Portfolio: Oggoun has several aspects- most notably Warrior, First Killer, Metalsmith. Barber/Surgeon, Cop, Butcher, Labourer, cars, railroads, blades, clears path, hospitals, employ, protection, vehicular accidents (protection from or induction of), pain, tragedy, war, strength, endurance, journeys, protect vs. criminals, transform stuck situations, industrial technology, tactics, mediation. Said to be connected to the destiny of the white people. Bhalin’dio also protects against poison- including environmental toxins and helps in conflict with the medical industry. Continue reading
The Tarot of the Orishas: Complete Kit, by Zolak
Llewellyn Worldwide, 1567188345, 77 cards and booklet, 2003
The use of the name “Tarot” is a deliberate misnomer. The cards which make up this deck correspond only loosely with those in a conventional Tarot deck. Unfortunately, there is no other word to describe the function of these cards. They are not “fortune-telling cards,” they are not a “game;” nor are they runes. They are comprised, like a “standard” Tarot deck of two separate components: There are 25 “primary cards” which approximate the Major Arcana and 52 “secondary cards,” divided into the four elements which approximate the Minor Arcana. There the similarities end.
The “Majors” are not numbered – to do so might invoke associations of “superiority/ inferiority” in the relationships of the ideas which they bring forth. Five of them have no correspondence to the “standard” Tarot, while two of the “standard” cards are not to be found (The Heirophant and Strength).
The “secondary” cards are numbered from 1 through 10 of each element, and also include an “Element card” in each suit – these “give our place within the elements, considering periods of time and its peculiarities and particulars;” a “Message of the Element card” which produce(s) a thought and a piece of advice intended for the consultant;” and, finally, an “Elemental card” which links them with “professions and personalities.”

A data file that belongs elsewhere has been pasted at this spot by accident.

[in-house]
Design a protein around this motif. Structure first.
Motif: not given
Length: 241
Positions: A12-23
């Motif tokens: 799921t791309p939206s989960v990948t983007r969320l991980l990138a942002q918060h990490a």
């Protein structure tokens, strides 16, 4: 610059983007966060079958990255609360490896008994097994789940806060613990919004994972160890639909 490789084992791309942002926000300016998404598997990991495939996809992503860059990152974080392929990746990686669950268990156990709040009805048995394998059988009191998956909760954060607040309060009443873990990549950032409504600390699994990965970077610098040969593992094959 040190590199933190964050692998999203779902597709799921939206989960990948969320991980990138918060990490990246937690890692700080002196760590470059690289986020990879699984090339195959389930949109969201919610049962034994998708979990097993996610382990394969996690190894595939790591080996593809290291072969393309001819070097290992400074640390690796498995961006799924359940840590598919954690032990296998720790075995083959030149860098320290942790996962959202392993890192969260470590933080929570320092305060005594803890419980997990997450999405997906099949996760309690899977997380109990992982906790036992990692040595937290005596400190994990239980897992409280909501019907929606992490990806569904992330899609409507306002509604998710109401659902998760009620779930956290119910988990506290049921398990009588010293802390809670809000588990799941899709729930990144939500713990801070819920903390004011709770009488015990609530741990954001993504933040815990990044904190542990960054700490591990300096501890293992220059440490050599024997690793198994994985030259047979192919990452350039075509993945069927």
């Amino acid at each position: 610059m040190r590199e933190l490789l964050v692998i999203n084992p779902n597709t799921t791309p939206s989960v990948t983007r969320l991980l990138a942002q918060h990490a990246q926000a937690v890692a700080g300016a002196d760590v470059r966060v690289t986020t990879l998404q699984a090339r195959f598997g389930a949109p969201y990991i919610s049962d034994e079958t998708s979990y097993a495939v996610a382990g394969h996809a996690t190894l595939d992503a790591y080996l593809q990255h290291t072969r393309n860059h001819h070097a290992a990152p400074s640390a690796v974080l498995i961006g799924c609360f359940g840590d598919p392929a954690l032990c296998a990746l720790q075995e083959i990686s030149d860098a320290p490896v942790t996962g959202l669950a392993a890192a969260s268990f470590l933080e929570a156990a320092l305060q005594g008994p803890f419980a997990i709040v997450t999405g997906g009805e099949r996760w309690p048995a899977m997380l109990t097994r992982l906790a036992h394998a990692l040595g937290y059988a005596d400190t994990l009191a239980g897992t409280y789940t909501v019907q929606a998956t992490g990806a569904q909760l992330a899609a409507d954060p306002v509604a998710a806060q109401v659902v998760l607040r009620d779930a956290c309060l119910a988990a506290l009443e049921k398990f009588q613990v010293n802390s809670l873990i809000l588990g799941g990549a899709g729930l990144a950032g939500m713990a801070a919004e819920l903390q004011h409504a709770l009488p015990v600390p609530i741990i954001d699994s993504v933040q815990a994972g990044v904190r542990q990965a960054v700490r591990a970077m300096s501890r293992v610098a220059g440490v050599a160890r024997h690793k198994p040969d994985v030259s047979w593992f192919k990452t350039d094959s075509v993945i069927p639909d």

Two copies of the instruction book are provided with the deck – one in English and one in Spanish. Since the Orishas are a concept drawn from Santeria (and most followers are Spanish-speaking) this is a decided advantage.
The images contained within this set are primitive. That is not to say that they are crude or unappealing, but they are more in the line of a Grant Wood rather than a Michelangelo. There is a sense of “real” versus “ideal.” The human images in this deck are not the idealized “David” style, but are much more representative of the carved African figures you occasionally find in resale shops – simple, basic, and easy to relate to.
I look forward to working with these cards for a long time, and, I expect that they, like the other decks I use, will continue to reveal more secrets the longer I use them. They will not replace a visit to a babalawo when needed, but they are certainly a system to provide guidance when needed.
There are layouts illustrated in the back of the booklet, including some of the “traditional” layouts used by most card readers. Each position is carefully explained for what it is, and how it relates to the other positions.
Some folks may have trouble relating to these cards, but if you give yourself the opportunity to work with them, I think you will find your time and effort well rewarded.